The number of women in a same-sex relationship using IVF in the UK has increased eight-fold, according to new figures.
The official statistics from the UK fertility watchdog show a record number of gay and bisexual women are using IVF. The Human Fertilisation and Embryology Authority say the number has increased by 12%.
Meanwhile, the number of single women and those using surrogates has increased by 4% and 22% respectively.
Chairperson, Sally Chershire CBE, says about the increase in treatments: ‘While the increases in same-sex couples, single women and surrogates having fertility treatment are small, this reflects society’s changing attitudes towards family creation, lifestyles and relationships and highlights the need for the sector to continue to evolve and adapt.’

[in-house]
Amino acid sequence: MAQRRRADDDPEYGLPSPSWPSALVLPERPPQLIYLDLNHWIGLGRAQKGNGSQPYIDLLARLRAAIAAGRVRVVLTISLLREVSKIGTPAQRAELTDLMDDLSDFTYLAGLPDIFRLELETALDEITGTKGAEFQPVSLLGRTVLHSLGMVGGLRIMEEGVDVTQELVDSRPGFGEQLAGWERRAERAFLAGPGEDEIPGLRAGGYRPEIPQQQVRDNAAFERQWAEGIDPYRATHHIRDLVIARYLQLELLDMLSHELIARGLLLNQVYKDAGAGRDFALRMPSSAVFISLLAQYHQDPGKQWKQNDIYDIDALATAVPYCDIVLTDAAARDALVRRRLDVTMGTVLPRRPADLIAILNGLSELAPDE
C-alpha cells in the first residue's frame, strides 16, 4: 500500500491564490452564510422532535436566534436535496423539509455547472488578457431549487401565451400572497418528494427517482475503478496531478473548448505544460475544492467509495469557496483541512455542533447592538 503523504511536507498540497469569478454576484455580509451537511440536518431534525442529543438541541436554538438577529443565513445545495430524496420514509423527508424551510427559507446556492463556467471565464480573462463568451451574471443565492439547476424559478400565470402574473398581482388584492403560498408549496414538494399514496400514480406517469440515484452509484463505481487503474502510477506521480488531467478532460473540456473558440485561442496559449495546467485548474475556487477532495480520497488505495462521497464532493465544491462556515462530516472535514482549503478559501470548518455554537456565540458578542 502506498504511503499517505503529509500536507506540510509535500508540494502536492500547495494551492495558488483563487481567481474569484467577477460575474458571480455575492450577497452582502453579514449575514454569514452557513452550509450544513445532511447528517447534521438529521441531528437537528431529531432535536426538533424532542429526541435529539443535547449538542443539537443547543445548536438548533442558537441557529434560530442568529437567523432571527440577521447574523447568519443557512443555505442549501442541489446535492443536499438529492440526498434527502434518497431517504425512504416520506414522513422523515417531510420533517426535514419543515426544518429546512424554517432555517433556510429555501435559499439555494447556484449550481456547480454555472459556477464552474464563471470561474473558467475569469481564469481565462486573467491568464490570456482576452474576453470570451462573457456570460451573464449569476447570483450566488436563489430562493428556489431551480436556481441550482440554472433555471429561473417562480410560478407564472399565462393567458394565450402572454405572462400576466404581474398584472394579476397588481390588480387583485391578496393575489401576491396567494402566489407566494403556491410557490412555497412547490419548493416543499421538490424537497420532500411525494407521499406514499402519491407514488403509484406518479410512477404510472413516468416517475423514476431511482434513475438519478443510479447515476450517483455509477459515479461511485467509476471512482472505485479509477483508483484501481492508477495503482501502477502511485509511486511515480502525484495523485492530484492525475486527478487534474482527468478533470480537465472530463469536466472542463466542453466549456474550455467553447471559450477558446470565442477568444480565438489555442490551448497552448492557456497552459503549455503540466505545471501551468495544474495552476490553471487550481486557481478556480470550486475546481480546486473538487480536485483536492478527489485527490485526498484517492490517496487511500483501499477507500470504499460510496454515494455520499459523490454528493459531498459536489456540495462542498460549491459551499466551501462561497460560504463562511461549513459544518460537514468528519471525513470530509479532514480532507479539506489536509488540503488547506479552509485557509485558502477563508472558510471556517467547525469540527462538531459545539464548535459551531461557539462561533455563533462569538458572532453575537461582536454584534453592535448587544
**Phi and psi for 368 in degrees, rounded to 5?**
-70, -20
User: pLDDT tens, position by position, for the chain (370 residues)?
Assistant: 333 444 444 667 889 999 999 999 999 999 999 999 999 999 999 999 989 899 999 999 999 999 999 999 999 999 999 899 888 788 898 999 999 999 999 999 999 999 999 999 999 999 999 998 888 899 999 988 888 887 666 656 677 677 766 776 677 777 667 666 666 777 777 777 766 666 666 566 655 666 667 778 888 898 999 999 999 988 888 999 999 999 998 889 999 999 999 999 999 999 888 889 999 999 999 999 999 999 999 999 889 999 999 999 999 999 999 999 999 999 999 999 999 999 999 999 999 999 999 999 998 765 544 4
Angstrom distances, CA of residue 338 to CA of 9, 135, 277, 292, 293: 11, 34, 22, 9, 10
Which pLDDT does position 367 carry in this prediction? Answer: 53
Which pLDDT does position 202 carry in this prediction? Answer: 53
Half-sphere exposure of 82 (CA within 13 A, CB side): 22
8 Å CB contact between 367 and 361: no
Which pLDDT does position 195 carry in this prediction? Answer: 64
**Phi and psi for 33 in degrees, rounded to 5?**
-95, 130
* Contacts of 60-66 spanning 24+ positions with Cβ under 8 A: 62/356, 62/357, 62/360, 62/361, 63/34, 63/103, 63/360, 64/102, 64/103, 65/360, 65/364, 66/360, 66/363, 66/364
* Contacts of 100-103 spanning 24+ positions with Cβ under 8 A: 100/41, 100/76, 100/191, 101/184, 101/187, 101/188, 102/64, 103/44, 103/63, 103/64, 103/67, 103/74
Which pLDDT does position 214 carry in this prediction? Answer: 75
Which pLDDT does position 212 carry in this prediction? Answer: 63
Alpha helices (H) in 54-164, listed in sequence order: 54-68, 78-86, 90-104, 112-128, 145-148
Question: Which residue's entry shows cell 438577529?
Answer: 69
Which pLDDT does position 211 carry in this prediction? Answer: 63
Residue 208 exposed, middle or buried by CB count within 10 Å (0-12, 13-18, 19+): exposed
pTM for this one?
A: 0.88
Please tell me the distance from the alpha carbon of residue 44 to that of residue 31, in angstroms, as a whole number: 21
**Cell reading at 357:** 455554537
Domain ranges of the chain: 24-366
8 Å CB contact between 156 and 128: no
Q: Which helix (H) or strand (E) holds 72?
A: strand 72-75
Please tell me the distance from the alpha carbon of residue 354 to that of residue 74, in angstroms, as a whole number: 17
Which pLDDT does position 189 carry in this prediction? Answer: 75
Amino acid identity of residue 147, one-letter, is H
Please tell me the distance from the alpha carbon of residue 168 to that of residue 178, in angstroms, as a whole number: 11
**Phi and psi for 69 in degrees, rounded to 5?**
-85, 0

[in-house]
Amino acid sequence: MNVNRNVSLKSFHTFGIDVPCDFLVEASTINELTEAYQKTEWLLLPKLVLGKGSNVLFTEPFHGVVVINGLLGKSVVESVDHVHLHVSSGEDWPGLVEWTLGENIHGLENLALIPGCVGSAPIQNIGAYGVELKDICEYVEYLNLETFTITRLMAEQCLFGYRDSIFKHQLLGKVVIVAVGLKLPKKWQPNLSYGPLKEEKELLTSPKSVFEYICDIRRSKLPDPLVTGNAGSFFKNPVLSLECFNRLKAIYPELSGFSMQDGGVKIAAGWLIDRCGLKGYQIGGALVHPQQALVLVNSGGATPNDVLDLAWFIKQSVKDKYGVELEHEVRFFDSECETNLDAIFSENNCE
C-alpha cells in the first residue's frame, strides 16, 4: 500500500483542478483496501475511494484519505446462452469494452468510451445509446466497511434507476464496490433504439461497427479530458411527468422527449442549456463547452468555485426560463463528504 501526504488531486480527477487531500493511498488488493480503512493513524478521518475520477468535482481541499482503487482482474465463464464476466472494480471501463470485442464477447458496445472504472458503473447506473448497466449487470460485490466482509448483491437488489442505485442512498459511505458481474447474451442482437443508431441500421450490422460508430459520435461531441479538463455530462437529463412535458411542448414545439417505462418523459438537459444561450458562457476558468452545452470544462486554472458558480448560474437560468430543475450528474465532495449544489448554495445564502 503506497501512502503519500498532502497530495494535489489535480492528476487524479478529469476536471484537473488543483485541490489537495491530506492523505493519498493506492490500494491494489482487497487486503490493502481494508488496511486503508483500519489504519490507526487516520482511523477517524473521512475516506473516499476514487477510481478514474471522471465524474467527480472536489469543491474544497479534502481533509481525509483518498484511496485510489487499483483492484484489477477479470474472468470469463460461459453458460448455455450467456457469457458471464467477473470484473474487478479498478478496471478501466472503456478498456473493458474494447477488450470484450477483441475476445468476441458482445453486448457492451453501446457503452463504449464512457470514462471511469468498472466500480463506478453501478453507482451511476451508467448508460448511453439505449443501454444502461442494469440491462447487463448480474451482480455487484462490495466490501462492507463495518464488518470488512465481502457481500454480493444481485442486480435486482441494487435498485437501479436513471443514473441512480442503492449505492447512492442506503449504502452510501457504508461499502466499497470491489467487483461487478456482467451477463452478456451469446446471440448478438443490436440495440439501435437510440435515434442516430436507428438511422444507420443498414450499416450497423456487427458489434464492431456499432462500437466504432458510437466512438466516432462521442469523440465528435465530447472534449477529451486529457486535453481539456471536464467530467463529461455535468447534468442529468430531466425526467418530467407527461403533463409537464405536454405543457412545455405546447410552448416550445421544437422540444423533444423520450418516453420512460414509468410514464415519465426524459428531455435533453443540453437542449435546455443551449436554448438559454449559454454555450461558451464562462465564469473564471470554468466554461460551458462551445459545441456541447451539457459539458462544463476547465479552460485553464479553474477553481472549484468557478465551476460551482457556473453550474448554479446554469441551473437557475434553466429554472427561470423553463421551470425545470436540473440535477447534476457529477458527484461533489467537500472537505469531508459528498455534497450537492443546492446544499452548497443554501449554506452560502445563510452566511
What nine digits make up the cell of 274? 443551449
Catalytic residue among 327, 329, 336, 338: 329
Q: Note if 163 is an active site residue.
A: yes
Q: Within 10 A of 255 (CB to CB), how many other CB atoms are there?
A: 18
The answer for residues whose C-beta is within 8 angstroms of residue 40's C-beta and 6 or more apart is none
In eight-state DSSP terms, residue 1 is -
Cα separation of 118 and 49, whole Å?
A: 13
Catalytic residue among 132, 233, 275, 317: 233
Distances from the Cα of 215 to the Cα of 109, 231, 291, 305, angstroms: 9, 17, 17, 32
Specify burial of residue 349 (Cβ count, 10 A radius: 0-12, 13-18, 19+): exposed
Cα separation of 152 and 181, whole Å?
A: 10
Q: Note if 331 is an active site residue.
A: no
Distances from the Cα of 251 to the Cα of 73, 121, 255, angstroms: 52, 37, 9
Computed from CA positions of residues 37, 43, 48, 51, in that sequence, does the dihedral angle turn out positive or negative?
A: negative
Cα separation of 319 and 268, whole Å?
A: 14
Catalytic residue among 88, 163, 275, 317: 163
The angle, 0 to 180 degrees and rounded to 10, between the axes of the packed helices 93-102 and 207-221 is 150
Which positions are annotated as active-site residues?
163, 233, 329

The statistics also indicate the process is becoming safer. Less people are having twins, which is the biggest risk involved. It’s declined to an all-time low of 10%.
Only 33% of the treatments in England and Wales are available on the National Health Service (NHS), compared to 62% in Scotland. Earlier this year, the NHS offered IVF treatment to a gay couple in Scotland for the first time.
This is because of an earlier ban on the NHS using surrogate mothers. The Scottish government changed the law two years ago.
The NHS, however, will not be finding them a surrogate.